Dec. 5, 2023–Aug. 17, 2024
Exhibition Gallery | Monday–Saturday, 8:30 a.m.–5:00 p.m.
Indigenous Perspectives highlights the commonwealth’s Indigenous history and how the tribes remain a vital part of Virginia’s culture today.
The exhibition explores the voices and experiences of Virginia’s tribal communities. View excerpts from video interviews with citizens of Virginia’s 11 federally and state-recognized tribes, archival records from the Library’s collection that were collaboratively selected by the tribes and Library staff members, and objects contributed by the tribes that reflect their traditions and culture.
Dancers at a 1928 gathering of five Virginia Indian tribes on the grounds of a house known as Windsor Shades on the Pamunkey River in King William County. Virginia State Chamber of Commerce Photograph Collection, Visual Studies, Library of Virginia.
Virginia’s Eleven Tribes Recognized by State and Federal Government
|Cheroenhaka (Nottoway) Indian Tribe of Southampton County, Virginia: 2010 (state)|
|Chickahominy Indian Tribe: 1983 (state), 2018 (federal)|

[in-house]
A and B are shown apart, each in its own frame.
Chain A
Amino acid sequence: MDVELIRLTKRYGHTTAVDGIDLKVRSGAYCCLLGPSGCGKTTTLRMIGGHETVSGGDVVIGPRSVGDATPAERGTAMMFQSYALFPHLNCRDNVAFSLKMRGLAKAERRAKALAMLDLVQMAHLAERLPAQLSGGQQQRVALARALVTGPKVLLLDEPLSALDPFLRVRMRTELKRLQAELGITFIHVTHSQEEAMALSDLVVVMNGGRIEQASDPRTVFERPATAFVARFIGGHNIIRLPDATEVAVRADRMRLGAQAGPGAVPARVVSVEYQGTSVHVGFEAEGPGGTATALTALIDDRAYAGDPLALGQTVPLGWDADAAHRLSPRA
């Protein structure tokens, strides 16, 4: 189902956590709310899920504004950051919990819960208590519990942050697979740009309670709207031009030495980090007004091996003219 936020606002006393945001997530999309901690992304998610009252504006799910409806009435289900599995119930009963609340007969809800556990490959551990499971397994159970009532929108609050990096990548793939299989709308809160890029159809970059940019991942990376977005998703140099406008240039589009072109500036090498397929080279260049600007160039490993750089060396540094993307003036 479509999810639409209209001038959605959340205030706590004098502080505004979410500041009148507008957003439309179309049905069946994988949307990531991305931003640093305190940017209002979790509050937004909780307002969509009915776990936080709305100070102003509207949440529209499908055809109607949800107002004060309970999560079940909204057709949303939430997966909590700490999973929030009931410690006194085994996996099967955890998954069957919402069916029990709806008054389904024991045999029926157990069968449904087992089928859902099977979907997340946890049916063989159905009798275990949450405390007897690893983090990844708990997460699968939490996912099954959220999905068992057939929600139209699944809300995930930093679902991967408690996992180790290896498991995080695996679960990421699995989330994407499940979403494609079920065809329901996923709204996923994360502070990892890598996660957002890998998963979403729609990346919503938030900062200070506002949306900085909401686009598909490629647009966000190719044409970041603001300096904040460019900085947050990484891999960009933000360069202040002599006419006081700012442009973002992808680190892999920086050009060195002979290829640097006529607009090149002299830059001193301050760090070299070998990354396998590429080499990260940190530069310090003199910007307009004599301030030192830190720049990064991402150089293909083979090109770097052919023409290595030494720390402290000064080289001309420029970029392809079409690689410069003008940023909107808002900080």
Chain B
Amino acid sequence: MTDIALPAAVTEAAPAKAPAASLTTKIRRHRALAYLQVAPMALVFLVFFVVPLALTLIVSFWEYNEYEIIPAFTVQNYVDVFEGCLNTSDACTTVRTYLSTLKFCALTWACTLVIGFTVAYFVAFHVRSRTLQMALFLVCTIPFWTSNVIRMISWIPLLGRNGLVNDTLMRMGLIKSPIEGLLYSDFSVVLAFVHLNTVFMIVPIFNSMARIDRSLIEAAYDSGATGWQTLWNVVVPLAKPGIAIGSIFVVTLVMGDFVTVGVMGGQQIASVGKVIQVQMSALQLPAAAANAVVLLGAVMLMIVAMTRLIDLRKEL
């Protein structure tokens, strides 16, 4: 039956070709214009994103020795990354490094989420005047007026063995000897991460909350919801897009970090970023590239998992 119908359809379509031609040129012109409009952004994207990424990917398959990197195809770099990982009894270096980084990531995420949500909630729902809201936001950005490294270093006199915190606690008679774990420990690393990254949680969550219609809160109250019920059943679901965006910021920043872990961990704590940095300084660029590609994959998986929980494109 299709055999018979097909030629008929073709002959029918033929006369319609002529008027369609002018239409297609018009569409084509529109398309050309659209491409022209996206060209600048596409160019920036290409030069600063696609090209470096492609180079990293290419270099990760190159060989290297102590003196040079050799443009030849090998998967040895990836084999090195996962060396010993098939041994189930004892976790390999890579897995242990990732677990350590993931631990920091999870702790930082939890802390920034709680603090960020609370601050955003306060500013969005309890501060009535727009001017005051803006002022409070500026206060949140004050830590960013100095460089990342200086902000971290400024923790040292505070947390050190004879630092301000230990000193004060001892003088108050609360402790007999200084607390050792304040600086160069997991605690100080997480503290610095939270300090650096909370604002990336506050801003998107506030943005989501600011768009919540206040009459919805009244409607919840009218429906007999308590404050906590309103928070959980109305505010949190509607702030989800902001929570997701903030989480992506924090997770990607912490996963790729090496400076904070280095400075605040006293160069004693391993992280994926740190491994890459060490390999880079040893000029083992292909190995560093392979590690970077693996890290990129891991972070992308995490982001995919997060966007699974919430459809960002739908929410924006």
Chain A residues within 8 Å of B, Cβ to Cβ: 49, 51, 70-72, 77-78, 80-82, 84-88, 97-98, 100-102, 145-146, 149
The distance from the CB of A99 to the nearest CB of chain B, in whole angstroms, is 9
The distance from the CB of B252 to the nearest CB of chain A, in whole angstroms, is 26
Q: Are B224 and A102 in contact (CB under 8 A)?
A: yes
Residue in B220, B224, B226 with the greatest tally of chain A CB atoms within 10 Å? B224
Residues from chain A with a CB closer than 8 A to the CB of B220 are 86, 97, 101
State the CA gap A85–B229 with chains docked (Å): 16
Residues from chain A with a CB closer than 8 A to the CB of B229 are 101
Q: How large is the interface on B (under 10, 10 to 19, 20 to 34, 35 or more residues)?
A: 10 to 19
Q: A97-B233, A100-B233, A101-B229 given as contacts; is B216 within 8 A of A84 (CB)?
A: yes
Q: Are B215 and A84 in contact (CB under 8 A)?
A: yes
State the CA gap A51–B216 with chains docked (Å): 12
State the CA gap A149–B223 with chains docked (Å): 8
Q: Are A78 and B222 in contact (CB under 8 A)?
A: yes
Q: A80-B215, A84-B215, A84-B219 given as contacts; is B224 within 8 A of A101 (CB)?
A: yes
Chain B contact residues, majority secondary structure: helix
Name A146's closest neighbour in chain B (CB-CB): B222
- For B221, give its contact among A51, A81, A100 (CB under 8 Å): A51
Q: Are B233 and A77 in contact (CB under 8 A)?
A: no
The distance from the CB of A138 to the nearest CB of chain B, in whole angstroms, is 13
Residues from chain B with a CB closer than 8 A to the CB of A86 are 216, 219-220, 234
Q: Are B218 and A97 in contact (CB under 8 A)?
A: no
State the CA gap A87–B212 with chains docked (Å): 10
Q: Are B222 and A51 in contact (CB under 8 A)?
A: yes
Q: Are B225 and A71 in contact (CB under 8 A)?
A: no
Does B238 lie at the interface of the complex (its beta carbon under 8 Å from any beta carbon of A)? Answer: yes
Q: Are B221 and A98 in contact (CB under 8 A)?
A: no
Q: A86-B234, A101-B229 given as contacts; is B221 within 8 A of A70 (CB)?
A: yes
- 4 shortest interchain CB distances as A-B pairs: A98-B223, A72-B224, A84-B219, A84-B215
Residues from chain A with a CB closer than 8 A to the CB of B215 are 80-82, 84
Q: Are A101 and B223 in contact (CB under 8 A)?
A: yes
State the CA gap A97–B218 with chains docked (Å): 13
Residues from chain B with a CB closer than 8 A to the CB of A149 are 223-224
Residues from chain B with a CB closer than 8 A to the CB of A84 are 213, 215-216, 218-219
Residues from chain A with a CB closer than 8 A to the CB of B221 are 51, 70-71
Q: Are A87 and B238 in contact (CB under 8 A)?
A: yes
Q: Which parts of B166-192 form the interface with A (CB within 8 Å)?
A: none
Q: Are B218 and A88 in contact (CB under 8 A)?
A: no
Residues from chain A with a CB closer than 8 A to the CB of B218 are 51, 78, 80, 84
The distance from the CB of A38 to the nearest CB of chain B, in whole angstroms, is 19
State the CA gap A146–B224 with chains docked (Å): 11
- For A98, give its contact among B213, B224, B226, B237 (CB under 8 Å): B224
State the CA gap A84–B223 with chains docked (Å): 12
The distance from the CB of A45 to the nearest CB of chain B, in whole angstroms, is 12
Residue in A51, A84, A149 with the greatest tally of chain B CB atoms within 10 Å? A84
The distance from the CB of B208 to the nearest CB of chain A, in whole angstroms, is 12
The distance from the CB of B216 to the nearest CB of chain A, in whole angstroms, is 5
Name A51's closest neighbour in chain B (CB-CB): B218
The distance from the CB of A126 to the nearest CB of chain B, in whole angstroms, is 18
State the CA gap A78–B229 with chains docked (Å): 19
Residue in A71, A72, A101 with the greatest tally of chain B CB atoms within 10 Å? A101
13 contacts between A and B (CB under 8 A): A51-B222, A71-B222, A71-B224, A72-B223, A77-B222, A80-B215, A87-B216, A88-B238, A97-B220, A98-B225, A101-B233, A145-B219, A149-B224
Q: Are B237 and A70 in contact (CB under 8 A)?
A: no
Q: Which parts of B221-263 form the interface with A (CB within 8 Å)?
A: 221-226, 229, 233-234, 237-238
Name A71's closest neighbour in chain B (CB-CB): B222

|Chickahominy Indian Tribe–Eastern Division: 1983 (state), 2018 (federal)|
|Mattaponi Indian Tribe: 17th century (state)|
|Monacan Indian Nation: 1989 (state), 2018 (federal)|
|Nansemond Indian Nation: 1985 (state), 2018 (federal)|
|Nottoway Indian Tribe of Virginia: 2010 (state)|
|Pamunkey Indian Tribe: 17th century (state), 2015 (federal)|
|Patawomeck Indian Tribe of Virginia:2010 (state)|
|Rappahannock Indian Tribe: 1983 (state), 2018 (federal)|
|Upper Mattaponi Indian Tribe: 1983 (state), 2018 (federal)|
Indigenous Perspectives examines aspects of the Library of Virginia’s collections through the lenses of the eleven federally and state-recognized Virginia tribes. Through conversations, citizens of these nations offer reflections that might upend but also enlarge our understanding of the meaning of documents in the Library’s collections.
Since 1823, the Library has been the commonwealth’s official record keeper, inheriting the earliest extant documents from the state’s origins in the Virginia Colony and acquiring and preserving records until today. These maps, treaties, land records, and other governing documents both documented and purported to justify the process of colonization, land dispossession, and sometimes eradication of Indigenous peoples. Nevertheless, the Library’s collections also contain records created by Indigenous peoples that represent their worldview and that challenge the accepted narrative. Tribal reflections focus on how the tribes reinterpret these materials and on issues of importance to them that shape this exhibition—sovereignty, identity, land and environment, culture, and the future.
Virginia / Discovered and Discribed by Captayn John Smith 1606; Graven by William Hole. Voorhees Collection, Library of Virginia.
Visit The UncommonWealth to learn more about Virginia Indian history and culture in our exhibition-related blog posts.